Of course there will always be people that use anecdotal evidence to discredit scientific study like "My grandpa smoked until he was 95 and didn't have cancer, thus those studies are wrong, smoking is not harmful to your health and it doesn't cause cancer..." and those that simply choose to ignore the studies...

    I'm personally not one to place anecdotal evidence above scientific study, nor one to ignore the studies until there are other studies that show otherwise...
    Last edited: Mar 5, 2016
  8. Beekissed

    Beekissed True BYC Addict

    Let's just say I disagree with your assessment and way of gathering "proof" of what chickens should or should not eat and you disagree with my methods of doing the same and leave it at that. [​IMG]
    Last edited: Mar 6, 2016
  9. Bridebeliever

    Bridebeliever Chillin' With My Peeps

    The original question, I thought was a simple one, "Is 16% or 22% better for layers?"

    Is there no short answer to this? I'm not sure I have spent much time thinking about this. My chickens free range and eat so many bugs and greens that I really didn't think I had to worry about anything.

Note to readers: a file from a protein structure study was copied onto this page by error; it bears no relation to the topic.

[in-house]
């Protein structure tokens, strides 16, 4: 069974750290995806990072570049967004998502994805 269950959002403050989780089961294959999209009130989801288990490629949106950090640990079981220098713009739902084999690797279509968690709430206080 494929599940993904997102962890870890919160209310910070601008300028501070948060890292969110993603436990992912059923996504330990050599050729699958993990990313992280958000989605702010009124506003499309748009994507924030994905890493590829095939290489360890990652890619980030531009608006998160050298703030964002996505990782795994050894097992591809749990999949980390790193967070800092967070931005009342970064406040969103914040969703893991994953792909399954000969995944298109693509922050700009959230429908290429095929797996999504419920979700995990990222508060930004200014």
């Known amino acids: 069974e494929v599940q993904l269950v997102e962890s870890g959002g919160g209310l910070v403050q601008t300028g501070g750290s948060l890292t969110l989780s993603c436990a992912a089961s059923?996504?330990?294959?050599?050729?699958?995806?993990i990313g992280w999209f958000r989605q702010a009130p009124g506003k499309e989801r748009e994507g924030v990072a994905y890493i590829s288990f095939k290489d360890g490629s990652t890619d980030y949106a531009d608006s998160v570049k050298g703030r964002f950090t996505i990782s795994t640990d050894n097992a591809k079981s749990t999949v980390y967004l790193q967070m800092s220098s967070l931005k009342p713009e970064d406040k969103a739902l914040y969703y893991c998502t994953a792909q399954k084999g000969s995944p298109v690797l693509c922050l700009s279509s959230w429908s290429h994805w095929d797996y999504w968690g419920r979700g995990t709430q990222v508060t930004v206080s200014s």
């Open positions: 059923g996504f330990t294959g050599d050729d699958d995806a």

10. MeepBeep

    MeepBeep Chillin' With My Peeps

    Handy, no but 5 minutes on Google yielded these, and by my count this exceeds two... Note there might be repeats, I only spent 5 minutes gathering this list...

    Here is a link to a 2008 study, if you read the introduction you will find links to 6 other studies...

    Here is another from 1981

    Here is another from 1987, again links to multiple other studies some repeats but some unique...

    And another, that links egg production and feed intake to calcium levels...

    This one touches on the Calcium / Phosphorus balance, not 100% relevant but lots of resources listed...

    And another...

    And another with several references...

    And I'm sure if I cared to invest more than 5 minutes I could continue to dig up other studies and reports as I'm sure there are some not indexed in the first 2 pages of a Google search...

    As for you discrediting them for this or that reason, like I said above some will simply ignore or discredit the scientific studies in favor of their anecdotal observations, just as you are doing..

    To each their own...
    Last edited: Mar 6, 2016